Middle-aged mice with enrichment-resistant stereotypic behaviour show reduced motivation for enrichment

For captive animals, living in barren conditions leads to stereotypic behaviour that is hard to alleviate using environmental enrichment. This resistance to enrichment is often explained via mechanisms that decouple abnormal behaviour from current welfare, such as ‘establishment’: a hypothetical process whereby repetition increases behaviour’s predictability and resistance to change. If such hypotheses are correct, […]

The motivation of group-housed laboratory mice to leave an enriched laboratory cage

Animals used in research are often housed in small, barren cages. Providing environmental enrichment should improve their welfare, and a consequence of this might be a reduction in the animal’s motivation to leave an enriched cage. I examined this possibility by housing laboratory mice, Mus musculus, in a cage that provided cagemates, food, water, large […]

From house mouse to mouse house: the behavioural biology of free-living Mus musculus and its implications in the laboratory

Understanding a species’ behaviour in natural conditions can give insights into its development, responses and welfare in captivity. Here, we review research and pest control literatures on the free-living house mouse (Mus musculus), analysing its sensory world, developmental processes and behaviour to suggest how laboratory environments might affect mouse welfare, normalcy, test design, and behaviour. […]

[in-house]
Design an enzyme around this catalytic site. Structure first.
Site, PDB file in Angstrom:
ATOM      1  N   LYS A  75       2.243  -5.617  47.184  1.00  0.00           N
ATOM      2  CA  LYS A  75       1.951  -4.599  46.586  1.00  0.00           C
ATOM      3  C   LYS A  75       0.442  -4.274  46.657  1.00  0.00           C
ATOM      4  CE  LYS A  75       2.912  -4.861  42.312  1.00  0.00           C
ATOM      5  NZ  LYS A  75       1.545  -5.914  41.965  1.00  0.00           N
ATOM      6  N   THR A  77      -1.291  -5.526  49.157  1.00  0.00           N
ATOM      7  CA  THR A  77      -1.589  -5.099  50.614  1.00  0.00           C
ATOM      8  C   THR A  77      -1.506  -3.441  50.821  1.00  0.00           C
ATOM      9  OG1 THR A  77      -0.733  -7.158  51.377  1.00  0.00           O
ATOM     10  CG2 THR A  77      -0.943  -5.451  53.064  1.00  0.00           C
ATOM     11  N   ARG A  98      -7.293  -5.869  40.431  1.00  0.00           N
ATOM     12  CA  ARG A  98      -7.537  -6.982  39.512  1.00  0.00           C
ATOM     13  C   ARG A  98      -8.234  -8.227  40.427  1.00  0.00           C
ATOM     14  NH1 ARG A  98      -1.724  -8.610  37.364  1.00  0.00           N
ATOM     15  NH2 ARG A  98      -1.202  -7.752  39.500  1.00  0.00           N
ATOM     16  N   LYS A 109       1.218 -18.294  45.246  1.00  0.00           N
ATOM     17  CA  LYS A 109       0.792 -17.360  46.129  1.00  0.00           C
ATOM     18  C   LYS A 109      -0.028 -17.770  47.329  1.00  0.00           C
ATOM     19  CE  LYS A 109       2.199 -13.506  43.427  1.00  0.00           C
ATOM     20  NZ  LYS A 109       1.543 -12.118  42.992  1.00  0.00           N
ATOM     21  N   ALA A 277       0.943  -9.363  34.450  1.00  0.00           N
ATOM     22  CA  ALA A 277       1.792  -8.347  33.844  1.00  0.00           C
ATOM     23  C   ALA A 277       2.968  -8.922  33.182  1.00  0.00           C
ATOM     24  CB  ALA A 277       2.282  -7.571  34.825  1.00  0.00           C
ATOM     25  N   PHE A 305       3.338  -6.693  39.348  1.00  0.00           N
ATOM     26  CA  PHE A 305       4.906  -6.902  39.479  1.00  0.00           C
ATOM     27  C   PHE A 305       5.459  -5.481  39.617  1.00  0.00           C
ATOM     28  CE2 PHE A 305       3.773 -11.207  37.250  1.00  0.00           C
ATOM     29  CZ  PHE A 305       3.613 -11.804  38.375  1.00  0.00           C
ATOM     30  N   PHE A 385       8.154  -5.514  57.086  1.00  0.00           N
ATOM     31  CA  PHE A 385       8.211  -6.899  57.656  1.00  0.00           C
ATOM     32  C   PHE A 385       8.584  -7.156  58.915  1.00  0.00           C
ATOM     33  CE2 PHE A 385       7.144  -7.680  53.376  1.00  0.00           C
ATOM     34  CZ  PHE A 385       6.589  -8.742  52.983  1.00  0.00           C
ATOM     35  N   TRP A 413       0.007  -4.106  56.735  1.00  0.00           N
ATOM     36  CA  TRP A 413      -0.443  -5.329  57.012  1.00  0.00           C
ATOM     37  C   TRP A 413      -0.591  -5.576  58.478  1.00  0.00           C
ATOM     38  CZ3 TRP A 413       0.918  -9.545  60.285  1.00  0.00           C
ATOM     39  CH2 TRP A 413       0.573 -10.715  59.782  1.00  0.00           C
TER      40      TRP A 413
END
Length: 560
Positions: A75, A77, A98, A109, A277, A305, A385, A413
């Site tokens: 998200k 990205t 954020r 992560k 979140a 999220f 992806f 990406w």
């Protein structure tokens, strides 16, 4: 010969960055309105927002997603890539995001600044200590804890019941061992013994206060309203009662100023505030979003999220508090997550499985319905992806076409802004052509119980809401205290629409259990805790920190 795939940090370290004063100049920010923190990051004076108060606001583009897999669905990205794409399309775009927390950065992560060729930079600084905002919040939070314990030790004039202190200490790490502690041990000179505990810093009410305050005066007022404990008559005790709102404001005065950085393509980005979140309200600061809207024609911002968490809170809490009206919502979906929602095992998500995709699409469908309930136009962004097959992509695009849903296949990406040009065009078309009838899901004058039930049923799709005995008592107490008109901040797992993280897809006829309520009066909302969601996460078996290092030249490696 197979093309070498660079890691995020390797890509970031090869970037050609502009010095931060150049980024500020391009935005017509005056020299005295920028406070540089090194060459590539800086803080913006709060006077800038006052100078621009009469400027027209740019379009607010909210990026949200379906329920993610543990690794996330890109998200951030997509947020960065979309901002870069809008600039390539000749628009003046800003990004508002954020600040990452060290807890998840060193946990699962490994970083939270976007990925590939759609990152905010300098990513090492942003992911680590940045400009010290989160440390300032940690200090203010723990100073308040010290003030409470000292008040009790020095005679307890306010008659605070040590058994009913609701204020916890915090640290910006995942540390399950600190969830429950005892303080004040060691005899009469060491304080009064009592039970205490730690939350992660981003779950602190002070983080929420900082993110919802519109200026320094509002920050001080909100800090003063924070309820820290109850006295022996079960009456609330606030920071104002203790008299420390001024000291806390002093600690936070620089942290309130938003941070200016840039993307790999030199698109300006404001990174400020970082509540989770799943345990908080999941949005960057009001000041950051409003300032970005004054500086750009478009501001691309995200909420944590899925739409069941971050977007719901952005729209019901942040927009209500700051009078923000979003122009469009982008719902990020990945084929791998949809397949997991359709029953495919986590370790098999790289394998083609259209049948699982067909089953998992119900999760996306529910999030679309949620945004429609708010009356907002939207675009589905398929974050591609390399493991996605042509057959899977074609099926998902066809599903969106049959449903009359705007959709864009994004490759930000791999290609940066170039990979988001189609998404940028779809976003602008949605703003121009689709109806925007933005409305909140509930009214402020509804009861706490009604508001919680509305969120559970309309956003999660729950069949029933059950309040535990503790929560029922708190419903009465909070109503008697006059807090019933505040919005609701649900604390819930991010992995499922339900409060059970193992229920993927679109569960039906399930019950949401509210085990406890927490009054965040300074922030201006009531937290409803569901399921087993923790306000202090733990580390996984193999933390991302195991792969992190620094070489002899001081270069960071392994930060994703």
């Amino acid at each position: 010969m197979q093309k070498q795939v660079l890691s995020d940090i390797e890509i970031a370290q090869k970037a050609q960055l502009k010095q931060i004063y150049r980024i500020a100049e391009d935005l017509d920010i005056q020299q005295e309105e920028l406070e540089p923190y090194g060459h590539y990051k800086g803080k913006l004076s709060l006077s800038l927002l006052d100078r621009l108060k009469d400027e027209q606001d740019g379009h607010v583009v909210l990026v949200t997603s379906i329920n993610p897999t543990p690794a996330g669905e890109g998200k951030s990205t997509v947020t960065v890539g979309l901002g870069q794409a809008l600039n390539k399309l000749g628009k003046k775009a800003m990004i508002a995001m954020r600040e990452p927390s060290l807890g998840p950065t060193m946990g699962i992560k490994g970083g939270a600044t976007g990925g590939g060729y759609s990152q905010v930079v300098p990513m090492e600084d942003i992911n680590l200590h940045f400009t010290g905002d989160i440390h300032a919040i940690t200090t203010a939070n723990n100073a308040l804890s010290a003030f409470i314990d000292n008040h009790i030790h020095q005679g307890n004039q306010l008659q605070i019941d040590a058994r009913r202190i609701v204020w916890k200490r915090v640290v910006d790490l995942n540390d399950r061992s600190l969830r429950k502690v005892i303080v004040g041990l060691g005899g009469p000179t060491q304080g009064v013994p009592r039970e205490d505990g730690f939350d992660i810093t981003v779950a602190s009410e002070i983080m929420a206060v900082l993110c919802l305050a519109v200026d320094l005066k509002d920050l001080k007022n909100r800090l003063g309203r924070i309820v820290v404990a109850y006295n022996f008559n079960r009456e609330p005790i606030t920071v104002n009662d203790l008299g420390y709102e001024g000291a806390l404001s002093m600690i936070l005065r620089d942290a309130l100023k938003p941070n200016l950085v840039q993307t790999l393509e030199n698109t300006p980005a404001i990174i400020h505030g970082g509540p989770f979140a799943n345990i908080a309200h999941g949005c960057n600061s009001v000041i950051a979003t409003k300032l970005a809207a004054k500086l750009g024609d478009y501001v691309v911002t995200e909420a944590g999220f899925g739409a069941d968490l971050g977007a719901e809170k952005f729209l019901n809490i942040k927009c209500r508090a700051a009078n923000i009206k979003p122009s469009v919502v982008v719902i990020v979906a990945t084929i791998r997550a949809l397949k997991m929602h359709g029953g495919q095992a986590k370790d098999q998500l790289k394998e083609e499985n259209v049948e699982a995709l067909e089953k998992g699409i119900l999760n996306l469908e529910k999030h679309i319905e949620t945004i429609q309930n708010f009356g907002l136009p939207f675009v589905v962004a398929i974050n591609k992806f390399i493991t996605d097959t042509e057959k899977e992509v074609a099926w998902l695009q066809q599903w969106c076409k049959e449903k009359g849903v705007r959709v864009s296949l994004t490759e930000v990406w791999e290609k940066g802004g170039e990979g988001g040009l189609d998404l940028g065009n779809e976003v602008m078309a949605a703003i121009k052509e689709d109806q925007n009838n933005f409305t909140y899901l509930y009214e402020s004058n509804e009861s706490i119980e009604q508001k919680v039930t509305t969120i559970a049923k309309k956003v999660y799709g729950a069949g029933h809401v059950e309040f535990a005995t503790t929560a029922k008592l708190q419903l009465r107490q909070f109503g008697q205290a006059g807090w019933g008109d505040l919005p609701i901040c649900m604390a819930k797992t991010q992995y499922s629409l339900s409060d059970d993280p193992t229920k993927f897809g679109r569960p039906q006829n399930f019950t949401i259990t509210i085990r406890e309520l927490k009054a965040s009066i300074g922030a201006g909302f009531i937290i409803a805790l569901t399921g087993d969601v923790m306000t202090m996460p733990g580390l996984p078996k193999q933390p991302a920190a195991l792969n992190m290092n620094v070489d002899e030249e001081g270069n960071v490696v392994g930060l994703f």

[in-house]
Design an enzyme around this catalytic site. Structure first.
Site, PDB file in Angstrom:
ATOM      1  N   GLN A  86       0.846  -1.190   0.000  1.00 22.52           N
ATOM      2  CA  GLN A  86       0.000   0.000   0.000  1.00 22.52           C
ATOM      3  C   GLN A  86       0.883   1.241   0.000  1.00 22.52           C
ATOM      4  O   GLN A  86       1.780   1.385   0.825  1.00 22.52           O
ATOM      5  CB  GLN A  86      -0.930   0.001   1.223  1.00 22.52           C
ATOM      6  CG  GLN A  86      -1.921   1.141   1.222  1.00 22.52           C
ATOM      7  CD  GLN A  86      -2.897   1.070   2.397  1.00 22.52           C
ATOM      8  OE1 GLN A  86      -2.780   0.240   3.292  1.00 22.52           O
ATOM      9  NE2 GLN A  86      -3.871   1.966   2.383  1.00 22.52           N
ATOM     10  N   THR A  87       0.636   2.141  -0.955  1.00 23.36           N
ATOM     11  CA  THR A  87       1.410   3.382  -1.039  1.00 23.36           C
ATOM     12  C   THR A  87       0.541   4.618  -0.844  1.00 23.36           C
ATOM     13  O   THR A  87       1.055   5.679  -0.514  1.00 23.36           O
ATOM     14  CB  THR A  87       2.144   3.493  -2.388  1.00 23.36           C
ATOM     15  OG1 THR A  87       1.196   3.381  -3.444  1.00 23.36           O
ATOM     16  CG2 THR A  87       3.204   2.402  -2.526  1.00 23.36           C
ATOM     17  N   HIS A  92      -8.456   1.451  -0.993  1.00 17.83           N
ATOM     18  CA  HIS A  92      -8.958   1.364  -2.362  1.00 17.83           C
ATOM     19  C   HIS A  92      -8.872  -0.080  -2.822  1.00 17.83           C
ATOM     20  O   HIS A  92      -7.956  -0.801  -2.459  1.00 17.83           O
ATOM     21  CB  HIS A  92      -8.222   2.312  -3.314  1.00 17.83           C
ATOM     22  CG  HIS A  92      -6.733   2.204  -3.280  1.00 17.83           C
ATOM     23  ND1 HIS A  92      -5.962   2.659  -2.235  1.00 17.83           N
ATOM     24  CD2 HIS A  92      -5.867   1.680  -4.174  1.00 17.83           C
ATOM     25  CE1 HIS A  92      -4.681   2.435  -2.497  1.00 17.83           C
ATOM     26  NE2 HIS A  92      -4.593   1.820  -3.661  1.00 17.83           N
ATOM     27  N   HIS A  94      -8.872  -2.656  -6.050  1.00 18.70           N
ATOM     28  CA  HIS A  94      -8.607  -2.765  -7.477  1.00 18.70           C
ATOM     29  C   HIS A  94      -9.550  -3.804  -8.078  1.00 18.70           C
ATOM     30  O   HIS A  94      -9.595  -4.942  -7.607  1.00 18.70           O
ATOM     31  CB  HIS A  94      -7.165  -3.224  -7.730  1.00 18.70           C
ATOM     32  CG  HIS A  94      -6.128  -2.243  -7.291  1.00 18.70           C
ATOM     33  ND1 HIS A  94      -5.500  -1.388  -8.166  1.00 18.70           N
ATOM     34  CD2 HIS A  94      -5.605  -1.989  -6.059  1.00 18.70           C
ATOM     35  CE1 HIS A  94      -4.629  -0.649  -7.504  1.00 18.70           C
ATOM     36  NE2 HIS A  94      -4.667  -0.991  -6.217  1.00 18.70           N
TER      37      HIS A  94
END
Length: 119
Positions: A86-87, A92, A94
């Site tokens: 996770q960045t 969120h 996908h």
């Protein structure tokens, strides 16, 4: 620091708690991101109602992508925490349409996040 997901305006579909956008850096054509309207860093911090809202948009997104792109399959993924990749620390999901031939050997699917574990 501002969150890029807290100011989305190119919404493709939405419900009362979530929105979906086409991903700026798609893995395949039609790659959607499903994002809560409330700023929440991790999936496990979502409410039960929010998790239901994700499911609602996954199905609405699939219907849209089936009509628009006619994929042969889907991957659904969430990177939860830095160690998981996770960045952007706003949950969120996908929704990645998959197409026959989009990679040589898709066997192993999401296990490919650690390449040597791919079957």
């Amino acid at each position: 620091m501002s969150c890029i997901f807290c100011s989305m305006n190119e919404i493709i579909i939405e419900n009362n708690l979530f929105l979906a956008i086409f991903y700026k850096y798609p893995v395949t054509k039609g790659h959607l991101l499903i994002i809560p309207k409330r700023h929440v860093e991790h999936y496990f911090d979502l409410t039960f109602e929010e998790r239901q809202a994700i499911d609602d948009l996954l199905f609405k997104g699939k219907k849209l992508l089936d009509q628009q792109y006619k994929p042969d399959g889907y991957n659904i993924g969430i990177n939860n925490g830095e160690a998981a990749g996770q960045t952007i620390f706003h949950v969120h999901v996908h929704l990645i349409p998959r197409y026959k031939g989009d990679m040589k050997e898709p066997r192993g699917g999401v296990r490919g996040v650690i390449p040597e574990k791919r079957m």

Environmental enrichment, immunocompetence, and resistance to Babesia microti in male mice

Groups of male CFLP mice housed in cages furnished with shelves and nestboxes showed increased aggression and reduced resistance to an experimental infection of Babesia microti when compared with groups in unfurnished cages. Both a bystander measure of immunocompetence (serum total IgG concentration) and resistance to B. microti decreased as the number of attacks received […]

Hormonal stress response of laboratory mice to conventional and minimally invasive bleeding techniques

Conventional bleeding of small laboratory animals is often associated with stress and injuries that can cause haematomas, inflammation and ultimately the death of animals under investigation. Here, we used faecal glucocorticoid metabolites as an indicator of stress imposed on laboratory mice (Mus musculus domesticus) when bled in three different ways: puncture of the tail vein […]